Warned proportion of people who believe they are equally or more harmful than cigarettes has increased
Action on Smoking and Health (ASH) said there are now 2.6 million vapers in Britain, up from 2.1 million in 2014.
Nearly all of this increase is attributable to a rise in ex-smokers using electronic cigarettes, it said.
The campaign group said the figures showed the ‘value’ of e-cigarettes in helping smokers give up tobacco.
Electronic cigarette use increased to 6.7 per cent in 2015, up from 4.5 per cent in 2014, a study found. A cigalike model of the device is pictured
But it also warned of a ‘worrying’ increase in people falsely believing they are as harmful as or even more dangerous than regular cigarettes.
Nearly 22 per cent of people believed this in 2015 compared to 15 per cent last year.
Analysis by researchers at King’s College London shows that electronic cigarette use increased among ex-smokers from 4.5 per cent in 2014 to 6.7 per cent in 2015, ASH said.
It remained the same among current smokers at 17.6 per cent between 2014 – 15.
Vaping remains extremely rare among people who have never smoked, with just 0.2 per cent of users falling into this category over the last three years.
The group said there has also been a change in popularity of the type of device used.
Cigalikes, which resemble tobacco cigarettes and are either disposable or use replaceable cartridges, were used by more than half (55 per cent) of vapers last year.
The tank model, which looks quite different from cigarettes and has containers that can be refilled with ‘e-liquid’, are now puffed on by two-thirds (66 per cent) of e-cigarette users.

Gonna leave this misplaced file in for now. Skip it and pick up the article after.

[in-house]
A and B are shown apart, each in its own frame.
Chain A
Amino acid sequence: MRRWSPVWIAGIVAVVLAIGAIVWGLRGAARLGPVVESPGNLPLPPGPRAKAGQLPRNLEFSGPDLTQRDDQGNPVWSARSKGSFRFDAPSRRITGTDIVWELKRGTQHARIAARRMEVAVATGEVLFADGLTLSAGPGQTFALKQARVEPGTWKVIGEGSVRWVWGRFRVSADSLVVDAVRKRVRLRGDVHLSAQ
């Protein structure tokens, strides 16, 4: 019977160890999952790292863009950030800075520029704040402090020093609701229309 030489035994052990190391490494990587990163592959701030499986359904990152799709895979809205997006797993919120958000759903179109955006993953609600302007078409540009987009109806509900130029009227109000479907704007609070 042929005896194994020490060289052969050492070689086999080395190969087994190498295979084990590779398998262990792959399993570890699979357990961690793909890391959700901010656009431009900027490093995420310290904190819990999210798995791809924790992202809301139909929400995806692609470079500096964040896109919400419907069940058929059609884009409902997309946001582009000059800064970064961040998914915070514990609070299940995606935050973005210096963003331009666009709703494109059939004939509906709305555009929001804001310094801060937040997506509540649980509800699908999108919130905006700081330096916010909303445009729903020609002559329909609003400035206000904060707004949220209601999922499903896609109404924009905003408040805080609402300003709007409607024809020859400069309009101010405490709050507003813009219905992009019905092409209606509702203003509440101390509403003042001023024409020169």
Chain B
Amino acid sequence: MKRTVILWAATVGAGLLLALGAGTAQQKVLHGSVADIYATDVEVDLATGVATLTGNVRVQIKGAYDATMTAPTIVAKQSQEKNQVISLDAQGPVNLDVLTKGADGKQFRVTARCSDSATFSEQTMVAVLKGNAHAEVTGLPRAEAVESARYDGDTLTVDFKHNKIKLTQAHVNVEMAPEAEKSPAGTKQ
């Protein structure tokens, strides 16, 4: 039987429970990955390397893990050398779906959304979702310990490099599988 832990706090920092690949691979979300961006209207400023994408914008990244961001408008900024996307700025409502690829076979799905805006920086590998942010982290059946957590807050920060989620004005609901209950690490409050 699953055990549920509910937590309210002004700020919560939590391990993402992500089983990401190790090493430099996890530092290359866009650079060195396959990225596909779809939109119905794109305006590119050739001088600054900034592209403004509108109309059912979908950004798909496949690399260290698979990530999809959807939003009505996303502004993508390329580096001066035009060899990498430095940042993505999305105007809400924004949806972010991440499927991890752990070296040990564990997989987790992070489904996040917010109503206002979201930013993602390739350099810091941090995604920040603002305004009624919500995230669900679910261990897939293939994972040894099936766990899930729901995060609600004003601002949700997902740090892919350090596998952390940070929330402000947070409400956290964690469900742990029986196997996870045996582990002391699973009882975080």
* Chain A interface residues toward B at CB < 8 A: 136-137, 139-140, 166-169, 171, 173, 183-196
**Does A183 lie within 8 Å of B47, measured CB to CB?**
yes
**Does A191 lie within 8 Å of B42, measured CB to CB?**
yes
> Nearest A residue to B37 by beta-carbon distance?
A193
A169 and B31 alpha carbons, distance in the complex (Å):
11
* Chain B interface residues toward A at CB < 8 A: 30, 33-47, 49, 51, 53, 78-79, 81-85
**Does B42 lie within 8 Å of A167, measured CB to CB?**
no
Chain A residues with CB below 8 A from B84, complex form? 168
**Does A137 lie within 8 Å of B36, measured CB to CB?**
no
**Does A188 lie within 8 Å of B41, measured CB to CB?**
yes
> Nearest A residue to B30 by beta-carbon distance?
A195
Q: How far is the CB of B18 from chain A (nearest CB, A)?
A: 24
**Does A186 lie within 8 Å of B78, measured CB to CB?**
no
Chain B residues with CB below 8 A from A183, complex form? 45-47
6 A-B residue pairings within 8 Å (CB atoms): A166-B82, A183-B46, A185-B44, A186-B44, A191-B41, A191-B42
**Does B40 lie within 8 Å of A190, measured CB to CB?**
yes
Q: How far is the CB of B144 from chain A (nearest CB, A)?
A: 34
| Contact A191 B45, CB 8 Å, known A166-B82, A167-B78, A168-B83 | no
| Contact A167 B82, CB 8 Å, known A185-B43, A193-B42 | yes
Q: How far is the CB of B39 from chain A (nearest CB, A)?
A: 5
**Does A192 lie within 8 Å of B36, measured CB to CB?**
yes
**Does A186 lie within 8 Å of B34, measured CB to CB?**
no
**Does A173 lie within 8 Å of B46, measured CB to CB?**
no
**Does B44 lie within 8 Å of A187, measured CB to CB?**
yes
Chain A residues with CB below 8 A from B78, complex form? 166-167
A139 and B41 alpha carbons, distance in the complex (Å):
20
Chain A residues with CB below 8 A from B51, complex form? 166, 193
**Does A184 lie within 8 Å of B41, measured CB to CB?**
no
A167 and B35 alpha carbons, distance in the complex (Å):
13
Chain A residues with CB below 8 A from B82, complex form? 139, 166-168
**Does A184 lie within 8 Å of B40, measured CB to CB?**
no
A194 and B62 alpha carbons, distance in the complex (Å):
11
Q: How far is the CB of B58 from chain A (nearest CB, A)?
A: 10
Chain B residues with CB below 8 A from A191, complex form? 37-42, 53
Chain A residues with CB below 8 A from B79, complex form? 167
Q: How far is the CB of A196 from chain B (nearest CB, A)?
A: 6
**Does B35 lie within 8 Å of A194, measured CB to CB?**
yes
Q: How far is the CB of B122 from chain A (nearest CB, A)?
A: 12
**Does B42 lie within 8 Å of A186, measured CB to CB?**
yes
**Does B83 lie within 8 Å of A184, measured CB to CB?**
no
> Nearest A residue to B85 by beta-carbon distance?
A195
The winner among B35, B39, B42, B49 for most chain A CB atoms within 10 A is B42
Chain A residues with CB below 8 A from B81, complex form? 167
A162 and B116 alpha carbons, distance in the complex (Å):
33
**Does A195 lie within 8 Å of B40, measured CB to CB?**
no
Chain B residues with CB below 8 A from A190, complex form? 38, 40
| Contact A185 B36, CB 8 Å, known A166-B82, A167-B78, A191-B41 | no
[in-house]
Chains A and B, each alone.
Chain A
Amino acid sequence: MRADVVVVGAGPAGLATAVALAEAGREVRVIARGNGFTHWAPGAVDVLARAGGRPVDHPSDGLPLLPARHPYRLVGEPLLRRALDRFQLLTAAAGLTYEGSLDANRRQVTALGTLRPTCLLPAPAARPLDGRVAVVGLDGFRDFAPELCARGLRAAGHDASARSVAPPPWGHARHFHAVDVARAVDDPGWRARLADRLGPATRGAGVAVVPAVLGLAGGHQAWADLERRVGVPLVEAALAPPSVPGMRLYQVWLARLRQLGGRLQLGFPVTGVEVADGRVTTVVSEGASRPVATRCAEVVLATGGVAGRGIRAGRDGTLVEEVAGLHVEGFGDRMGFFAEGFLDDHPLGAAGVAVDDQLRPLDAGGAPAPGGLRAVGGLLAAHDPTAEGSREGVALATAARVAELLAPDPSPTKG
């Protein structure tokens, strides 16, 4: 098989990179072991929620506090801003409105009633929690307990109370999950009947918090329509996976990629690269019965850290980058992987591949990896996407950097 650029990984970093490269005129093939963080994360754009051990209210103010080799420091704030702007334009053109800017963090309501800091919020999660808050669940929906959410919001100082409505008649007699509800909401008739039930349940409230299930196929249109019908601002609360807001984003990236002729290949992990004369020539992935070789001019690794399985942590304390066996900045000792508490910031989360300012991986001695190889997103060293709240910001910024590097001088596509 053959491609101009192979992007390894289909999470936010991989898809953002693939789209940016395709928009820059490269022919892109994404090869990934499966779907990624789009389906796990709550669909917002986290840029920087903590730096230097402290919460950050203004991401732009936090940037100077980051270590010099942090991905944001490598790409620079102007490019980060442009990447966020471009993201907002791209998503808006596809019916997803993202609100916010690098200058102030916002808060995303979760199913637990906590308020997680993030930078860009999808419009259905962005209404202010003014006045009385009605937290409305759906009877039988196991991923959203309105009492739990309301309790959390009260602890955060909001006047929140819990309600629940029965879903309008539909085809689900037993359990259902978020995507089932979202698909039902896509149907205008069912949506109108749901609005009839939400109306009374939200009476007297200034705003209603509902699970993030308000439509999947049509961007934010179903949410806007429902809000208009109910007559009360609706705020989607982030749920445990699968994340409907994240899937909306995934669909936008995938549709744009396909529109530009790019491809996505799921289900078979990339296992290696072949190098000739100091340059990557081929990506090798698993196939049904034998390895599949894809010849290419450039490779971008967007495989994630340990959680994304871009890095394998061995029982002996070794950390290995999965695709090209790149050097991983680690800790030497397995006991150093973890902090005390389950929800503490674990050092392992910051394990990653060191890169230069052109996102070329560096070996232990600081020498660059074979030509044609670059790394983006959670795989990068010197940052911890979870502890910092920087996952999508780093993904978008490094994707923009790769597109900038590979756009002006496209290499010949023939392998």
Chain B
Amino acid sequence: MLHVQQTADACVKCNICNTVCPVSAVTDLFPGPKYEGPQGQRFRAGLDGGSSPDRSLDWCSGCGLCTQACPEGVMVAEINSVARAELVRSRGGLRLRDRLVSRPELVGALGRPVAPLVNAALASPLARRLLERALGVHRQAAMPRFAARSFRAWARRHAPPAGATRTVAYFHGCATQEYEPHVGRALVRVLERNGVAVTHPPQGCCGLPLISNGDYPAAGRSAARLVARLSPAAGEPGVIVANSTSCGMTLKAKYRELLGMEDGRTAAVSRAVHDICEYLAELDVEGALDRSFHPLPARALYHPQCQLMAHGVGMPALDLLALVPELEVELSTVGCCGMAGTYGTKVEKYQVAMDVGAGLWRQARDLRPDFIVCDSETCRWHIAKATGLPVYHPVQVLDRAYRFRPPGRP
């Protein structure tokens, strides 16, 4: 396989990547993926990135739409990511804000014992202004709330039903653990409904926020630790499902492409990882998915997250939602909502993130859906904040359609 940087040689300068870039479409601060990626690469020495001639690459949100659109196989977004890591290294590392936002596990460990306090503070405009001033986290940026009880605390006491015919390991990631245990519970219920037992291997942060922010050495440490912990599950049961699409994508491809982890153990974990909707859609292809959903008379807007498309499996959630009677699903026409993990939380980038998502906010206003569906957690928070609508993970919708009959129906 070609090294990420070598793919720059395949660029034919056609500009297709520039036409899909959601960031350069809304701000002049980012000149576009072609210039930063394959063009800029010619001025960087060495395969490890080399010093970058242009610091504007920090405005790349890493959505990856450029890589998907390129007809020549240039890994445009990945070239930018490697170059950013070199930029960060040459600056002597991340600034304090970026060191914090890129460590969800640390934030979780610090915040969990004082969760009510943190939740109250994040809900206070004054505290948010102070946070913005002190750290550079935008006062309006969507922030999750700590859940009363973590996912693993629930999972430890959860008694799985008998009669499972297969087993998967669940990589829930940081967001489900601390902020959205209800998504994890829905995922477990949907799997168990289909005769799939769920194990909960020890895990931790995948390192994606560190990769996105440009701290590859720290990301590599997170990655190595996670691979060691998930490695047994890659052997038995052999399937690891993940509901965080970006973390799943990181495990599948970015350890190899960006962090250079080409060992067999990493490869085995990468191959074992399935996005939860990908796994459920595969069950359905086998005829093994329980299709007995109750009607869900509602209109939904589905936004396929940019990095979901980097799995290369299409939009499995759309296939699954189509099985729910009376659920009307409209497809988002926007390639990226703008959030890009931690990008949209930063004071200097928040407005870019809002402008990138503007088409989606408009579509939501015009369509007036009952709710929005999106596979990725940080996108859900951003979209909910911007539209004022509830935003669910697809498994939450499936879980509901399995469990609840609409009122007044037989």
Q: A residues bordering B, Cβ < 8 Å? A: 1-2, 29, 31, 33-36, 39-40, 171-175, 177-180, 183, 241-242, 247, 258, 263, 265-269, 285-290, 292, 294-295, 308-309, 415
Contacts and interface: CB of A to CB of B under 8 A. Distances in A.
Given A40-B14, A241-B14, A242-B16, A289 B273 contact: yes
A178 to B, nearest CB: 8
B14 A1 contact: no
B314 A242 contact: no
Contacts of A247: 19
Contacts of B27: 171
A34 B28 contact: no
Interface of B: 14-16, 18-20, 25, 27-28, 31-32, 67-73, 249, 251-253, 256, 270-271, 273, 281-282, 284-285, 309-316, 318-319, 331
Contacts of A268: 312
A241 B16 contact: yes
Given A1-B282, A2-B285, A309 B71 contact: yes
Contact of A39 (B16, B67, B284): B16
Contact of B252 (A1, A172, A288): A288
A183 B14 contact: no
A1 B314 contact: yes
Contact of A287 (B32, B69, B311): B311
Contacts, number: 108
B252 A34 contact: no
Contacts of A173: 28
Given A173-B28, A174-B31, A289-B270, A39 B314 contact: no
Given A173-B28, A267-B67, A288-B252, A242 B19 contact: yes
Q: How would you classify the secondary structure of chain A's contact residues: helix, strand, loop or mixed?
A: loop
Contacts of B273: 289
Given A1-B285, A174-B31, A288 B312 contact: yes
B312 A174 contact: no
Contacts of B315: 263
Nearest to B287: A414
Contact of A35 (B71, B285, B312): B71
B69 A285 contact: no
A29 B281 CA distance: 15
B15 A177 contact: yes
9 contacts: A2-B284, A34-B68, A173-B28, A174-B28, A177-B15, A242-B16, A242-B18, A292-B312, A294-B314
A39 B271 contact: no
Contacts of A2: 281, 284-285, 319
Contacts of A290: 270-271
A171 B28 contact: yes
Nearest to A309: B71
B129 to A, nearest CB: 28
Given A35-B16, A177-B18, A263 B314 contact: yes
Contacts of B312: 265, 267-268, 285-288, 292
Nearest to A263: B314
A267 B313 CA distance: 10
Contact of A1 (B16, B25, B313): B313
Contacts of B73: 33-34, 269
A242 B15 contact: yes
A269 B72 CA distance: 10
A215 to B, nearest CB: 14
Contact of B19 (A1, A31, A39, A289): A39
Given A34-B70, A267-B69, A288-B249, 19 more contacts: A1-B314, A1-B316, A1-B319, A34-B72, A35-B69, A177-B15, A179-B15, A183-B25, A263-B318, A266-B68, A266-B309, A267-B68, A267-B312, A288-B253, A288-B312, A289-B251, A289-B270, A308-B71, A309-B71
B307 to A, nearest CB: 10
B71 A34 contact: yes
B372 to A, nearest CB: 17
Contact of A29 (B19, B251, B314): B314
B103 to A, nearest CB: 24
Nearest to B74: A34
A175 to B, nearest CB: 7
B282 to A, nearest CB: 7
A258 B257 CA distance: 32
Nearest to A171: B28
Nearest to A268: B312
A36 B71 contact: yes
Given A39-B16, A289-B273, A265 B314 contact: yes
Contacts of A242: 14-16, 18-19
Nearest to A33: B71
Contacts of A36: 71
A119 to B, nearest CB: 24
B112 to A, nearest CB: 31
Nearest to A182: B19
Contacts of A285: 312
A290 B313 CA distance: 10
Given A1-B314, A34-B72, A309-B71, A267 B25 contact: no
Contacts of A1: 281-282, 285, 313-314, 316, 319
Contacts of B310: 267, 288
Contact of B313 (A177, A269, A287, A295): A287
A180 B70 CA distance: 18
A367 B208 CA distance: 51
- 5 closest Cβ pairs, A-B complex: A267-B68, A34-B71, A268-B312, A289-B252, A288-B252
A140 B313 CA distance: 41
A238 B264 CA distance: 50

This can be seen as a positive thing as tank e-cigarettes were found to be more effective at helping tobacco smokers to quit than cigalikes in a study carried out at King’s College London, which was published last month.
The most popular reason people gave for using e-cigarettes was to help them stop smoking completely (48 per cent) and to prevent them from relapsing to smoking (38 per cent)
Recent research conducted in the US also found that flavourings used in e-cigarettes contain potentially harmful high levels of chemicals, while a study of mice indicated that vaping may harm the lungs and immune system.
Deborah Arnott, chief executive of ASH, said: ‘The number of ex-smokers who are staying off tobacco by using electronic cigarettes is growing, showing just what value they can have.
‘But the number of people who wrongly believe that vaping is as harmful as smoking is worrying.
‘The growth of this false perception risks discouraging many smokers from using electronic cigarettes to quit and keep them smoking instead which would be bad for their health and the health of those around them.’
Dr Leonie Brose, of the Institute of Psychiatry, Psychology & Neuroscience at King’s College London, said: ‘We must clearly communicate the relative safety of electronic cigarettes to smokers.
‘The proven harm of tobacco is currently getting less coverage than the much smaller and far less certain harm from electronic cigarettes. We owe it to smokers to provide them with accurate information.’
By: Labdhi Jain